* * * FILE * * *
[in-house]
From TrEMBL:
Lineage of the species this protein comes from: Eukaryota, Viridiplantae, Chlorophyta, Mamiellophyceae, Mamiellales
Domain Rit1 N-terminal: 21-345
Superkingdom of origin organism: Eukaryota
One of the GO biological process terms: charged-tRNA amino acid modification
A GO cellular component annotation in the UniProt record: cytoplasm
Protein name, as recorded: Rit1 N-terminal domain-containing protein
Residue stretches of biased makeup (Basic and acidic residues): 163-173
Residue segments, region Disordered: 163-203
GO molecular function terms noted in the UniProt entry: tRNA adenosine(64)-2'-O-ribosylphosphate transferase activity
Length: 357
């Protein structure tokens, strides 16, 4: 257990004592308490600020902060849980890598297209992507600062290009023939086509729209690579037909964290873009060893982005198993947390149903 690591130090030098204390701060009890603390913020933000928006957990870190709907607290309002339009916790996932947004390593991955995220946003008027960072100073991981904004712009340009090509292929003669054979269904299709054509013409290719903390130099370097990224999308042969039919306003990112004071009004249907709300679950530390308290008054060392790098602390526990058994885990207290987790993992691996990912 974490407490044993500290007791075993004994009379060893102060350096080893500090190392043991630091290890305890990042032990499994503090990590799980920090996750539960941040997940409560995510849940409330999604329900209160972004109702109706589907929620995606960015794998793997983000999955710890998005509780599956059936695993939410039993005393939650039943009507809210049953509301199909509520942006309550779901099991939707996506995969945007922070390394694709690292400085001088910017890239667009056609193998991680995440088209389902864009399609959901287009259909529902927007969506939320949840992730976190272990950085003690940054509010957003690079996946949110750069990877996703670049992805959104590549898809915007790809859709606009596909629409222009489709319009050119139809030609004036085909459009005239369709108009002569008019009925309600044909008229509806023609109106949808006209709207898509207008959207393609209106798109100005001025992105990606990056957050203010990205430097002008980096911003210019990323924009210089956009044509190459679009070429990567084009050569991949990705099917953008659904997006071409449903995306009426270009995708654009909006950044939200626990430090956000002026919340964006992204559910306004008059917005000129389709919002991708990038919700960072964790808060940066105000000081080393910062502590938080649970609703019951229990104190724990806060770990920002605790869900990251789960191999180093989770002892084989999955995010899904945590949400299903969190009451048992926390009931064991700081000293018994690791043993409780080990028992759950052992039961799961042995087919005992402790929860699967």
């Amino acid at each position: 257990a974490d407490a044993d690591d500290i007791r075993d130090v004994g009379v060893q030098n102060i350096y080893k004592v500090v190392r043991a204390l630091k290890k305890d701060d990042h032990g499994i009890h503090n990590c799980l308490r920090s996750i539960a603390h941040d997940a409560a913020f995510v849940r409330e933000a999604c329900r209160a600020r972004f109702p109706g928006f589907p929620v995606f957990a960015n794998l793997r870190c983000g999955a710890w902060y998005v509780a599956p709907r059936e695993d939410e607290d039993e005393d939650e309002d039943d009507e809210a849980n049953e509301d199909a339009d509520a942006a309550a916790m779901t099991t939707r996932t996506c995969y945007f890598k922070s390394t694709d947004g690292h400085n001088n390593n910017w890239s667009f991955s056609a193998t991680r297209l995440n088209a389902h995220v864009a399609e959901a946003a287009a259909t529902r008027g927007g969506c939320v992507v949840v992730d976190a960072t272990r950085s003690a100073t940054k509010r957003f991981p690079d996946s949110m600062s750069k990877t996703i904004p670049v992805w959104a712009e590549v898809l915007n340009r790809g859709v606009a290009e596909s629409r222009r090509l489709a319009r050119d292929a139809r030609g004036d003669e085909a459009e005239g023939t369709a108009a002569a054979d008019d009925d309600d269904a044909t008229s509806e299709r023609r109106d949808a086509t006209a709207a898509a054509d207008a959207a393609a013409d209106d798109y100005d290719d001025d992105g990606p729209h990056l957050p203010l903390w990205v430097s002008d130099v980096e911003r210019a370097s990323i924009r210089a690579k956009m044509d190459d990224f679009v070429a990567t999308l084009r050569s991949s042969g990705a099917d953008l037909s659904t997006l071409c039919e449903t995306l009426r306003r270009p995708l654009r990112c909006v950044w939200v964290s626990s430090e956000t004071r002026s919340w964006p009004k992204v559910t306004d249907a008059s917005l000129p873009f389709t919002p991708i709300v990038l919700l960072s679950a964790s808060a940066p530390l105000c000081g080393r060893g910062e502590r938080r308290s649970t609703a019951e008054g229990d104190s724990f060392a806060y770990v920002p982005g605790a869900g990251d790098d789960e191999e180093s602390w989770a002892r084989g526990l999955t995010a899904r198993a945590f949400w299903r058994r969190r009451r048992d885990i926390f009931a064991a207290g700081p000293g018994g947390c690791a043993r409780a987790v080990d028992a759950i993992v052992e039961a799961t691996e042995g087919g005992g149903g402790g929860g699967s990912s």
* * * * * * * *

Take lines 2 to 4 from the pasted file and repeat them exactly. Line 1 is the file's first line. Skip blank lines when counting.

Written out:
From TrEMBL:
Lineage of the species this protein comes from: Eukaryota, Viridiplantae, Chlorophyta, Mamiellophyceae, Mamiellales
Domain Rit1 N-terminal: 21-345